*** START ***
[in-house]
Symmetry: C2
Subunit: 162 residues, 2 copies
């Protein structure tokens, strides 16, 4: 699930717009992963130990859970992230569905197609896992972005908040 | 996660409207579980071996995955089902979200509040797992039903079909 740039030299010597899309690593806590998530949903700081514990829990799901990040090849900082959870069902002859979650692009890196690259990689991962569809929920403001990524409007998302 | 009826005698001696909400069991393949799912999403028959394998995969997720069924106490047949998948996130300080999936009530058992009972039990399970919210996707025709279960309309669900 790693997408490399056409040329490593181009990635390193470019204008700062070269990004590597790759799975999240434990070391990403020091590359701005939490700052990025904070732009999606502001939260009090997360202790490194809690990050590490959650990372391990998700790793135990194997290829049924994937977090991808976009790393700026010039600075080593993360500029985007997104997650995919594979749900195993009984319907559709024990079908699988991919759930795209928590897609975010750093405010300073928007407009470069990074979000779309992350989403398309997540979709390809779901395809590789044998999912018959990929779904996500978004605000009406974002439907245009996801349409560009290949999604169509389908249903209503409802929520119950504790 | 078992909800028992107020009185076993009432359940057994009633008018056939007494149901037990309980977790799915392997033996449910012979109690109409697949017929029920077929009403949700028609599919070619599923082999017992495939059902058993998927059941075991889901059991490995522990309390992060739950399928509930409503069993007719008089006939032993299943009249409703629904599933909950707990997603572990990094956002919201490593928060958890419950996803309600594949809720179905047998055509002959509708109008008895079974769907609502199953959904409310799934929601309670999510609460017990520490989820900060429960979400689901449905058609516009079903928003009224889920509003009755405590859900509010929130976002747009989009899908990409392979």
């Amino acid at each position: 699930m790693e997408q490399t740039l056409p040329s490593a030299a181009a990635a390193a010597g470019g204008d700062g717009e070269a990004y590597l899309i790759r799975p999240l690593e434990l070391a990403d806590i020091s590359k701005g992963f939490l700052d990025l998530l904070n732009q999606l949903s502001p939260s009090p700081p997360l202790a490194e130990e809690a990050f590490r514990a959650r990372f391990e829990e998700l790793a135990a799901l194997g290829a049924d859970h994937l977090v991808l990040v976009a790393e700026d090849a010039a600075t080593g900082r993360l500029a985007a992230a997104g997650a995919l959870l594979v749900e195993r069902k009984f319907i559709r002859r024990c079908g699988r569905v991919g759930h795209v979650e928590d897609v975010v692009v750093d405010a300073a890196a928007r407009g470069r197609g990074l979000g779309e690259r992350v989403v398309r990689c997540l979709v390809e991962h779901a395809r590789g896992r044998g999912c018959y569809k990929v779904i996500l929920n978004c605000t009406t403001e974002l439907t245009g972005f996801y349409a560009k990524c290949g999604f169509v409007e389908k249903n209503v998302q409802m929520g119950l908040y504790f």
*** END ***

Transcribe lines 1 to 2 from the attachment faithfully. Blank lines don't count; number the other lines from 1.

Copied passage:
[in-house]
Symmetry: C2